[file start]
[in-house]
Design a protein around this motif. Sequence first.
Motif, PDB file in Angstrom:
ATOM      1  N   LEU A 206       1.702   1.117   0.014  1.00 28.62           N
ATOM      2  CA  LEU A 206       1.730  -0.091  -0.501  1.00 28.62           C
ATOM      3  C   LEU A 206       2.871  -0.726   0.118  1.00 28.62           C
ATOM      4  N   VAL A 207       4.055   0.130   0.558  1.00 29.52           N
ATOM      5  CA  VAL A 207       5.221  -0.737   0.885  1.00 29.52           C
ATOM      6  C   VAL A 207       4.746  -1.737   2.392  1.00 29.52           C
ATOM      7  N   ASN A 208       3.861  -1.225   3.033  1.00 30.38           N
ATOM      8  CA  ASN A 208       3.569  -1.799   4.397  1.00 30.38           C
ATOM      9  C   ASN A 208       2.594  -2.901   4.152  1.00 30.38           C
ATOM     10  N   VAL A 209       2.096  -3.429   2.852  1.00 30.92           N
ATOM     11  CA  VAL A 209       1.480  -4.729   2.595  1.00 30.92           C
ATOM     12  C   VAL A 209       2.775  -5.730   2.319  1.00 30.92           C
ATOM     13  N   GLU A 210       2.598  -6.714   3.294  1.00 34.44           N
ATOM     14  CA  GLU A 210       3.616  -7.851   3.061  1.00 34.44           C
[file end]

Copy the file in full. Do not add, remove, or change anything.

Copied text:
[in-house]
Design a protein around this motif. Sequence first.
Motif, PDB file in Angstrom:
ATOM      1  N   LEU A 206       1.702   1.117   0.014  1.00 28.62           N
ATOM      2  CA  LEU A 206       1.730  -0.091  -0.501  1.00 28.62           C
ATOM      3  C   LEU A 206       2.871  -0.726   0.118  1.00 28.62           C
ATOM      4  N   VAL A 207       4.055   0.130   0.558  1.00 29.52           N
ATOM      5  CA  VAL A 207       5.221  -0.737   0.885  1.00 29.52           C
ATOM      6  C   VAL A 207       4.746  -1.737   2.392  1.00 29.52           C
ATOM      7  N   ASN A 208       3.861  -1.225   3.033  1.00 30.38           N
ATOM      8  CA  ASN A 208       3.569  -1.799   4.397  1.00 30.38           C
ATOM      9  C   ASN A 208       2.594  -2.901   4.152  1.00 30.38           C
ATOM     10  N   VAL A 209       2.096  -3.429   2.852  1.00 30.92           N
ATOM     11  CA  VAL A 209       1.480  -4.729   2.595  1.00 30.92           C
ATOM     12  C   VAL A 209       2.775  -5.730   2.319  1.00 30.92           C
ATOM     13  N   GLU A 210       2.598  -6.714   3.294  1.00 34.44           N
ATOM     14  CA  GLU A 210       3.616  -7.851   3.061  1.00 34.44           C